Creating zones and nooks in such a large, light-filled space with super-high ceilings was one of our design challenges. The design of the venue’s massive hero bar, which had to include not one, but two cocktail stations, a dedicated tank beer zone, a wine-tasting section, a working and live bakery, and a dedicated pizza oven was also a major scale challenge.
The end result is a design that puts colourful glamour front and centre, with massive art and dramatic arches lit in an atmospheric way. Extrovert botanical and animal print fabrics make furniture pop. Planting and highly textured metallic specialist wall finish help to divide the large space, which sparkles day and night with a perfectly placed ‘opening’ in the bar’s centre, straight down the pizza oven’s barrel.
Follower Restaurant & Bar– Winner in Interior Design Brand New by YODEZEEN
The Soviet building is transformed into an Instagrammable restaurant by YODEZEEN. The Follower restaurant, one of Kyiv’s newest hospitality establishments, is envisioned as an eclectic, eccentric, and modern hangout for millennials who are obsessed with social media but never forget the benefits of social interaction.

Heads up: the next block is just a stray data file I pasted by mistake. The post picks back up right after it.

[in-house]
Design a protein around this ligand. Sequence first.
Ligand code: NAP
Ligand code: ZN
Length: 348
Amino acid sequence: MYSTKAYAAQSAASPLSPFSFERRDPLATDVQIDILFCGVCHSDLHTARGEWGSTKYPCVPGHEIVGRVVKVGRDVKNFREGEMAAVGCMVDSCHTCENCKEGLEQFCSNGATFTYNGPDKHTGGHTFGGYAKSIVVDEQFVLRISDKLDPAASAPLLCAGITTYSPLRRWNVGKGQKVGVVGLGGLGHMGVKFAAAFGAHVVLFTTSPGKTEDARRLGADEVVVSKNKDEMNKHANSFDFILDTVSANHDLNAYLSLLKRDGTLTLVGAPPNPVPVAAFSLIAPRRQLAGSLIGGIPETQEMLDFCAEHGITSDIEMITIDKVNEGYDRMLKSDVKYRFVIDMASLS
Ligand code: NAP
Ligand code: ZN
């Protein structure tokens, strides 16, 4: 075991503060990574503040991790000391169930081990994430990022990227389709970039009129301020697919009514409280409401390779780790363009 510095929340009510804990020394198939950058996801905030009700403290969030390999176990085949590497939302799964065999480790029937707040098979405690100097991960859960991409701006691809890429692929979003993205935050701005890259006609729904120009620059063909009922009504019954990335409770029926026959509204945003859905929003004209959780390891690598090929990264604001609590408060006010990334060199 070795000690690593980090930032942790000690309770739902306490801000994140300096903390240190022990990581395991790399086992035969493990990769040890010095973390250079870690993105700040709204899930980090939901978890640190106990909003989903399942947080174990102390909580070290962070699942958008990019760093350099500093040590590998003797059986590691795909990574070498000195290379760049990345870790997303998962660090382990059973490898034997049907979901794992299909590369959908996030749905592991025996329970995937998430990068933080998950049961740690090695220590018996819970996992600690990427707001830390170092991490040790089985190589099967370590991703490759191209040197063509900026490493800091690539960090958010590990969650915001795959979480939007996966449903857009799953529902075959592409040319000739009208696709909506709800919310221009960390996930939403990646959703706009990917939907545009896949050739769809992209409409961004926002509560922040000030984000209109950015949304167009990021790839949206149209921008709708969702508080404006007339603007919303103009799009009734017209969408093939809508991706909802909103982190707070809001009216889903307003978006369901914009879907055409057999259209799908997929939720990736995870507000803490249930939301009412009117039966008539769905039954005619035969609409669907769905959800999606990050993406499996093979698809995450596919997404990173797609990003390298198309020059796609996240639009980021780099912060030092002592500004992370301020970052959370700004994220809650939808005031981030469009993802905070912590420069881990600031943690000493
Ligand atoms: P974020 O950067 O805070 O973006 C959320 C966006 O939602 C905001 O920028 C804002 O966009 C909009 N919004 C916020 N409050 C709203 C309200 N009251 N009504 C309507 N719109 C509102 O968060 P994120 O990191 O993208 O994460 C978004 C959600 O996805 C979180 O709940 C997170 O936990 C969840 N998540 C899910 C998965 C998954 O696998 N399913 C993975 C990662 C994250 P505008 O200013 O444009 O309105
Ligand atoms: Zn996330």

YODEZEEN was tasked with two important tasks as designers: maximum preservation of the building’s historical past while also creating a restaurant space where visitors’ offline and online presence is strongly intertwined, a space that leaves no opportunity not to post it on social media.
«Business owners increasingly recognize the impact of social media on their businesses in the current Internet era. So, in a commercial project like Follower, where we were trying to meet the needs of local businesses and create a space that perfectly suits Generation Y, the design-for-Insta strategy is becoming increasingly important. The ultimate goal, of course, was to create a more appealing environment for customers», says Lead Architect Artem Zverev.
Citizen Public Market– Winner in Architectural Design Historic & Heritage by NCA Studio, Inc.
The food hall design evolved from the building’s rich history as the Citizen Publishing Company (1929), and it fosters an eclectic dining and entertainment atmosphere. The design team began developing the building’s design and designing tenant stalls in 2018, guiding the space into its next life.